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Old 04-22-2011, 02:23 PM   #13
Nils Homer
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Location: Boston, MA, USA

Join Date: Nov 2008
Posts: 1,285

To summarize, unit tests and code documentation are great make robust code and better communicate across developers. User documentation and usability allow the software to be used more easily by a wider group of people, making your software invaluable and more likely to receive software support funding. Most of this is software engineering 101.

Nonetheless, these are all indirect incentives, and are not built pro-actively into the funding or even training mechanisms; we have not talked about training individuals for software engineering (is this the PIs role and/or coursework?).

What I really want to see come from this discussion is how can we train and support computer scientists, bioinformaticians, and biologists so that they write well documented (user and code) usable software?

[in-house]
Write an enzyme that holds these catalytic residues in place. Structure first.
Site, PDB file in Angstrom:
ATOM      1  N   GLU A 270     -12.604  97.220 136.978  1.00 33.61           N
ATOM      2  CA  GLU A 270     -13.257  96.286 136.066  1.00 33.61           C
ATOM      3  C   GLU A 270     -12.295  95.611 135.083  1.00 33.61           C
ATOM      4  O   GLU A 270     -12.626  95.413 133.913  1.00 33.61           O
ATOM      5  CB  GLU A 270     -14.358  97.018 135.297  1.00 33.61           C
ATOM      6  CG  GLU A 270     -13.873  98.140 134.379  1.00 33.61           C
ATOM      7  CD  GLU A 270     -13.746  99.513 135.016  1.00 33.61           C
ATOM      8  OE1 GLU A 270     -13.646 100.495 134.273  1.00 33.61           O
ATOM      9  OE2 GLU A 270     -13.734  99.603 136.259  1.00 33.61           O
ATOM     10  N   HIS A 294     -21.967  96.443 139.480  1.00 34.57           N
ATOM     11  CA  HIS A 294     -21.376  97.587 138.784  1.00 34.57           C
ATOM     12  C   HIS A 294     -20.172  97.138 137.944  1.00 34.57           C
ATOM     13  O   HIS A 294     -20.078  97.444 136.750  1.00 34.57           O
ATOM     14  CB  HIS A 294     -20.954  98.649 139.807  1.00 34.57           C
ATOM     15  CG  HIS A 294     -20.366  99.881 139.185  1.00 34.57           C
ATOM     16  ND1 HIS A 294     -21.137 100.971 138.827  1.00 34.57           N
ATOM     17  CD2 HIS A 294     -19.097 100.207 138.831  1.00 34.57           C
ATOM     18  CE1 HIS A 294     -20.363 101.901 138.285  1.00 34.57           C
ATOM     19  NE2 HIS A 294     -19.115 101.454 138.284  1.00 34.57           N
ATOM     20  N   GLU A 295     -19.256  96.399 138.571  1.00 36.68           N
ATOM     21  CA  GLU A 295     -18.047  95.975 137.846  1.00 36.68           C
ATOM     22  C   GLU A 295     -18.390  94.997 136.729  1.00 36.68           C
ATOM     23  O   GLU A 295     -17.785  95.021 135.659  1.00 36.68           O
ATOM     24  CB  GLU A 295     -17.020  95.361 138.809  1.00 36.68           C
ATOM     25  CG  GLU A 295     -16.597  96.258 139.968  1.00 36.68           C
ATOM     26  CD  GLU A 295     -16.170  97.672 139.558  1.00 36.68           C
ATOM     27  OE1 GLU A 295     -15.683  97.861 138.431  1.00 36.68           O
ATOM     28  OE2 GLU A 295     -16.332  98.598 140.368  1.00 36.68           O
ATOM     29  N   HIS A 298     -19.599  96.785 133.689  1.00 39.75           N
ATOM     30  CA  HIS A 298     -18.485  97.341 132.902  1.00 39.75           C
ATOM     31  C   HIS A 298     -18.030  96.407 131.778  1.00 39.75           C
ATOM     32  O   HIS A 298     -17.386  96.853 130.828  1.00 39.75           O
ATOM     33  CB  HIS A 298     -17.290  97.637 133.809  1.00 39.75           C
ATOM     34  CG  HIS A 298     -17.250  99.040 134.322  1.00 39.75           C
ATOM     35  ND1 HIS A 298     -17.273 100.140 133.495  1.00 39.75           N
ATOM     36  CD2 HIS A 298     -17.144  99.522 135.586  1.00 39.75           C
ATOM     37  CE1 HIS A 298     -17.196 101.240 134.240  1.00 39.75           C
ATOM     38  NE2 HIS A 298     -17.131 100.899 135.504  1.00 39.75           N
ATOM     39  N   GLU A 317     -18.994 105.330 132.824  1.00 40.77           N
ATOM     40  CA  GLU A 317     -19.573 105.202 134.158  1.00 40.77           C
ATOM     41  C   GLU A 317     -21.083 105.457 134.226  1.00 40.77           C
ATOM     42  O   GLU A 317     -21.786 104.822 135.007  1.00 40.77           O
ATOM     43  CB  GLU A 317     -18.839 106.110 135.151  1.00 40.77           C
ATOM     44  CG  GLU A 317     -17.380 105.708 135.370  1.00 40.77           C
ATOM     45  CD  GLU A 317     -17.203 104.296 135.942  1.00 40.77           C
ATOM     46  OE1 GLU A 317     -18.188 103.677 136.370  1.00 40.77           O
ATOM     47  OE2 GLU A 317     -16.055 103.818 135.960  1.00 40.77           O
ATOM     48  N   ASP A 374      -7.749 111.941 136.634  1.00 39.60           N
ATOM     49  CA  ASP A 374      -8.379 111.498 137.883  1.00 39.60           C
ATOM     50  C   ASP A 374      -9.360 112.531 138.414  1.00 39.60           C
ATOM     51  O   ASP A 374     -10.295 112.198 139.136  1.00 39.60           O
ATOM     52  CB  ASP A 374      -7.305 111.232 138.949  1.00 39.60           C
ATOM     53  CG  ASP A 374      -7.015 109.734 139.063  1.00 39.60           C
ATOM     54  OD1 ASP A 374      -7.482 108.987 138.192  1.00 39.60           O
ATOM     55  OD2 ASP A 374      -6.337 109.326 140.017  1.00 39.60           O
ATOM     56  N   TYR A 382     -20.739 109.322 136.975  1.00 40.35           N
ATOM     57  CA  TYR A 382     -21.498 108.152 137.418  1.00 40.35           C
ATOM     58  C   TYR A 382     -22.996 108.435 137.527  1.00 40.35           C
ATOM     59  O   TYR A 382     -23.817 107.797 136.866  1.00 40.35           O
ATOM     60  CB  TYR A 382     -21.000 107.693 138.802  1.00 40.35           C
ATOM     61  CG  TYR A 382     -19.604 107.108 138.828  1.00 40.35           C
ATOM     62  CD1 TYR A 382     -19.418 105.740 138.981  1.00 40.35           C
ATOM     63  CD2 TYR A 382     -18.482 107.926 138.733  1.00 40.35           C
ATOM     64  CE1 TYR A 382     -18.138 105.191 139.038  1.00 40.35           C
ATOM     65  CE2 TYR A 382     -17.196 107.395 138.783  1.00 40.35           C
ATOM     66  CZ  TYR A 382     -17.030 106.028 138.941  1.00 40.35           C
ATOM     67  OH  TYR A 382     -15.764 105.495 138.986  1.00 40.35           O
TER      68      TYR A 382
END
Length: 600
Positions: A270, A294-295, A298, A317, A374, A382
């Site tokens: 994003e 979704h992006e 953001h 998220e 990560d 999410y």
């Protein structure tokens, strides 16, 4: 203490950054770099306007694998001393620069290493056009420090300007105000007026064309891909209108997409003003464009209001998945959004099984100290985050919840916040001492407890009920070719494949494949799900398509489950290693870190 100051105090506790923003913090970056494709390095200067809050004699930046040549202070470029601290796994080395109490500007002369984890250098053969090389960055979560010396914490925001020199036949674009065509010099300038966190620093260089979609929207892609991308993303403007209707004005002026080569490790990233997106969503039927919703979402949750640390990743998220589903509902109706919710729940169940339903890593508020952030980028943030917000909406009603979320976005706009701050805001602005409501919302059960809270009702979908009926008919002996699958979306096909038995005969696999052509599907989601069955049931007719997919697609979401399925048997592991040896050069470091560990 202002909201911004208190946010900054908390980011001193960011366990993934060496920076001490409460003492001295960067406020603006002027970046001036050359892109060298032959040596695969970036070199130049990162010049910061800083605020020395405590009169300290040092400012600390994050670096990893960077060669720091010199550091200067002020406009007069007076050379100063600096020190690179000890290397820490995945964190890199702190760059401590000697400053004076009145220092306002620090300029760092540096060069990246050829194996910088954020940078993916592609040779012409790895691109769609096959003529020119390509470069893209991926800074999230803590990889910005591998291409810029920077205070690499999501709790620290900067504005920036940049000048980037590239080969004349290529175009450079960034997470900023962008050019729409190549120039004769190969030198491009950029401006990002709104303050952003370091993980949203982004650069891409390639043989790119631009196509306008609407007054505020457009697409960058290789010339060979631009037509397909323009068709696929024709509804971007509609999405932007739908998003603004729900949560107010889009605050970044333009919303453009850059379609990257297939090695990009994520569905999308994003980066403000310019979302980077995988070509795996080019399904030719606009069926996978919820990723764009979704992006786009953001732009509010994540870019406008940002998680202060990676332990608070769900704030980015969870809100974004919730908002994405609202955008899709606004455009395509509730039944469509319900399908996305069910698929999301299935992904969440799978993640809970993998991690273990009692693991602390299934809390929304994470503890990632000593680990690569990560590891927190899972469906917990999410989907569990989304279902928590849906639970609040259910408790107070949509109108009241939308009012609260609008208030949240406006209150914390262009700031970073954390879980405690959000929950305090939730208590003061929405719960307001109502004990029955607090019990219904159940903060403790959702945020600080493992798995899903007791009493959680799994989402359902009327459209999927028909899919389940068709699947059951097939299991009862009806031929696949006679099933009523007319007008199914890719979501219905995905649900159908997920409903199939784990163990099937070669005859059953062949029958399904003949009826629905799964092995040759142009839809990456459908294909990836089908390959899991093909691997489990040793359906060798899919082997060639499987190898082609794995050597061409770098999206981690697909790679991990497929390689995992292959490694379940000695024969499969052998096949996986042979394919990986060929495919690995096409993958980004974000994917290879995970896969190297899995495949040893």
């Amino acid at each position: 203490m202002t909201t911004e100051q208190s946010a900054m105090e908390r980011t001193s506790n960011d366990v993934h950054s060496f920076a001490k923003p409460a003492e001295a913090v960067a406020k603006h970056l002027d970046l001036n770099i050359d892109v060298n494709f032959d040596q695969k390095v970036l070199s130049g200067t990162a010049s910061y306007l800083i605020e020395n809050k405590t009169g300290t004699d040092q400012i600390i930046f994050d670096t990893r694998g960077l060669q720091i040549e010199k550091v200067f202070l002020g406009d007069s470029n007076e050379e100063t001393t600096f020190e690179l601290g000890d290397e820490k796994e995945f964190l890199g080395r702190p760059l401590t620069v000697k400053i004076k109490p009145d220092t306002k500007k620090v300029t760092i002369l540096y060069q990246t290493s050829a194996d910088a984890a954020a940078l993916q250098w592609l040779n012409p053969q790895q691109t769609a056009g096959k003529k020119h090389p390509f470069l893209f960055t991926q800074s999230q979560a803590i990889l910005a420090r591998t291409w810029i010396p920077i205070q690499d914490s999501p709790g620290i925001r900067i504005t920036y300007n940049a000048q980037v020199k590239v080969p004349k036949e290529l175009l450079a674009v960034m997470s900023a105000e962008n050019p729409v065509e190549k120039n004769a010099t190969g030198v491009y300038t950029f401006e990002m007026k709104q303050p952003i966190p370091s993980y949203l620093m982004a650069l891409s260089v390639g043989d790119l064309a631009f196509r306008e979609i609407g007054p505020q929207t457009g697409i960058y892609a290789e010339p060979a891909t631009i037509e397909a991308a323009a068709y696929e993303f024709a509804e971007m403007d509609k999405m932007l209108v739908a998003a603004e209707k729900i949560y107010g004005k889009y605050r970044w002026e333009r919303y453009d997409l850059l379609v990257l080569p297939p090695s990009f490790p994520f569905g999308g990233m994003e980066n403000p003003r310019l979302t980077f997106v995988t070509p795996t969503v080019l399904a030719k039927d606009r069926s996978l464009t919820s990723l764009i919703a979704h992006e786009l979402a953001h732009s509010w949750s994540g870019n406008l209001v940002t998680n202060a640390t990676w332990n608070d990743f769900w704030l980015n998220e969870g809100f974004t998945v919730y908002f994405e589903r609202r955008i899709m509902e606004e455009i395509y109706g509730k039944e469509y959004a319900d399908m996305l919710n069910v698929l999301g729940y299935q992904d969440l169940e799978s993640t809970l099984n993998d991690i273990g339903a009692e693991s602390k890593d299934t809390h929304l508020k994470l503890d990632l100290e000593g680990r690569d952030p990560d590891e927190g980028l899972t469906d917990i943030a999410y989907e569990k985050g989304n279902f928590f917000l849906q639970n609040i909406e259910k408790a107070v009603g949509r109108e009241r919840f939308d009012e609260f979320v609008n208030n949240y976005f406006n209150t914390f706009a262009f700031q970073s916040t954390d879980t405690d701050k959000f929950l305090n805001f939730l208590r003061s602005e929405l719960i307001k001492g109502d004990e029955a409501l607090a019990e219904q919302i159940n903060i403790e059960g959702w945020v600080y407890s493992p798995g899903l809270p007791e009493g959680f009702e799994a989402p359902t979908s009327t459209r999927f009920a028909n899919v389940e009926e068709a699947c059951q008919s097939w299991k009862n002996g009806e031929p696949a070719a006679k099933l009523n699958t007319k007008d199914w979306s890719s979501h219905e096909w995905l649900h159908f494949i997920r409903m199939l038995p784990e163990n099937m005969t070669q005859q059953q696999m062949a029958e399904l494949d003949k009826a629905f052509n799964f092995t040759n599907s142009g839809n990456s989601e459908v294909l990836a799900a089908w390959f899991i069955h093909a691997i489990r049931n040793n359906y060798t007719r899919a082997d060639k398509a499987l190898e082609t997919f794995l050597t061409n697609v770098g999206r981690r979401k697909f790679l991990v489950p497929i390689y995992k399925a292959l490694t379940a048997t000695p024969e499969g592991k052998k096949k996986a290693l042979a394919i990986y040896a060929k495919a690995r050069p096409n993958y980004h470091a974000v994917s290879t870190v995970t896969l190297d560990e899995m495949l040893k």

I will throw a suggestion of the top of my head to get the ball rolling. How about an open source software repository, like an bio-app store, which allows for a central repository of cutting edge (not ten release ago) bio-apps that have software that meet (or are ranked on) certain criteria on documentation, code standards, and portability. I am sure a grant reviewer would then find it easy to look up past software and say, person Y always produces well-documented and well-used software. Similarly, a requirement of applying for a grant that includes software is submission and release of software that meets these standards. Accountability and training is the key.
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